It is, to those lawyers whose personal style tends more toward oratory. Those lawyers need the security of a meticulously planned speech, and there’s nothing wrong with that; it’s what works for them. For the other kind of lawyer, whose style is more extemporaneous, rehearsing a speech in toto is simply a way of robbing it of its vitality, of even the air of spontaneity. Those are qualities that can truly make an oral argument stand out.
How do you suggest that lawyers deal with questions from an appellate bench?
I suggest that they listen to the questions and then answer them.
Oh, come on, now.
I am in earnest. Let’s take that answer one aspect at a time. First, one should listen to the question. That means never attempting to talk over the questioner. Believe it or not, sometimes lawyers engage in this form of occupational self-immolation. The first rule of etiquette in an appellate courtroom is, When the judge’s mouth opens, you should close yours immediately. Listening also means paying attention to the question in detail, not mentally preparing your next move or thinking about your afternoon tee time. Next, the lawyer should answer the question. Not its second cousin and not some other topic you want to address; you answer the question that has been asked. If you need to explain your answer, that’s fine; just make sure the answer comes first and the explanation comes next. Doing it the other way around makes you look fidgety, and leads to the conclusion that you’re making an excuse in advance for the answer that is to come. Here is a point that is often missed – it is perfectly acceptable for the lawyer to pause for a few seconds before answering. That time can often give you the moment it takes to compose your response well, instead of blurting out the first thing that comes to mind in order to avoid a moment of awkward silence when everyone in the room is staring at you. That moment isn’t awkward to the bench; it means that you are actually thinking about the proper answer to the court’s question, which the jurists know is more difficult to answer than, “What’s your middle name, counsel?”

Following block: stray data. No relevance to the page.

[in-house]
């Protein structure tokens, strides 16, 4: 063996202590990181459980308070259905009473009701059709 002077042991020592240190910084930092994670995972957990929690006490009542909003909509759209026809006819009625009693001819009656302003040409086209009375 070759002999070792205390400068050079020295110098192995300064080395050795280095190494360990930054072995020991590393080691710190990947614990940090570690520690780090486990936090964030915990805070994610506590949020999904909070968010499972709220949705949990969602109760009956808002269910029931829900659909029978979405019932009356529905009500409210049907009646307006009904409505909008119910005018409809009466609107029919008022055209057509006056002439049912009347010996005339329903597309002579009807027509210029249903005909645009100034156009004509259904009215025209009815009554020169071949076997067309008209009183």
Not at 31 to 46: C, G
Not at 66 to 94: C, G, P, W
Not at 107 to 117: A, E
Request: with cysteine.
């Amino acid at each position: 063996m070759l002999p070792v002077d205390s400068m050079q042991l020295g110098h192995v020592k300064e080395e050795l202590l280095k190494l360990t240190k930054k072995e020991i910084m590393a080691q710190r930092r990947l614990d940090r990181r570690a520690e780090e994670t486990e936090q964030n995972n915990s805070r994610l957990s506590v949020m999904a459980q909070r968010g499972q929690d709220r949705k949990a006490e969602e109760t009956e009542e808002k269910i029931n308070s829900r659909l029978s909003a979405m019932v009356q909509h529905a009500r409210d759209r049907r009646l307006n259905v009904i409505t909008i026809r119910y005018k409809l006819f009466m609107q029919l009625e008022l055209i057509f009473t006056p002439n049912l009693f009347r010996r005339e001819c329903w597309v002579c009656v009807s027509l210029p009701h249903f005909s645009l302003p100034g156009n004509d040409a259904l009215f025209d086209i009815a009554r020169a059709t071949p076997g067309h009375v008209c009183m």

Let’s move to another topic. How to you pay appropriate respect to the court without seeming to be a smarmy sycophant?
Yes, you do still have a supply of those, don’t you? They were around in my day, and they’ll be there with the cockroaches and the crabgrass when all other life forms on Earth have died out. The best way to address this is more of a mindset than a specific set of to-do items. If you go into the court feeling like you’re an inferior being, you will naturally tend toward getting sickeningly sweet with your expressions of admiration for the brilliance of the bench. Obviously, you can’t go to the opposite extreme and assume that your intellect is superior to the court’s, or you will quickly have a grave problem of an entirely different scope. The best approach is to regard the oral argument experience as an intellectual discussion among friends, though not with quite the informality you would display with your close friends. You must neither talk up nor talk down to the court.
Is it acceptable to thank the court for its time?
If you want, it’s fine to do that once. More than once, and you start to sound like a fawning lackey.
How about calling the judges by their names? Not their given names of course, but what do you think about addressing a comment to “Justice Wilhoit?”
For the typical person, the sweetest sound on Earth is the sound of his own name, but there are dangers to doing this with appellate jurists. For one thing, unless you are dead certain of how Justice Wilhoit pronounces her name, you run the risk of mispronouncing it. A mispronounced name is not the sweetest sound on any planet. Second, unless the court has clearly legible name plates in front of each jurist, you run the risk of saying “Justice Wilhoit” to a person who is in fact Justice Dodson. Now you have made TWO enemies. The third problem is that if it seems contrived, it may appear to everyone on the bench that you are just sucking up, which is not the impression you want to make.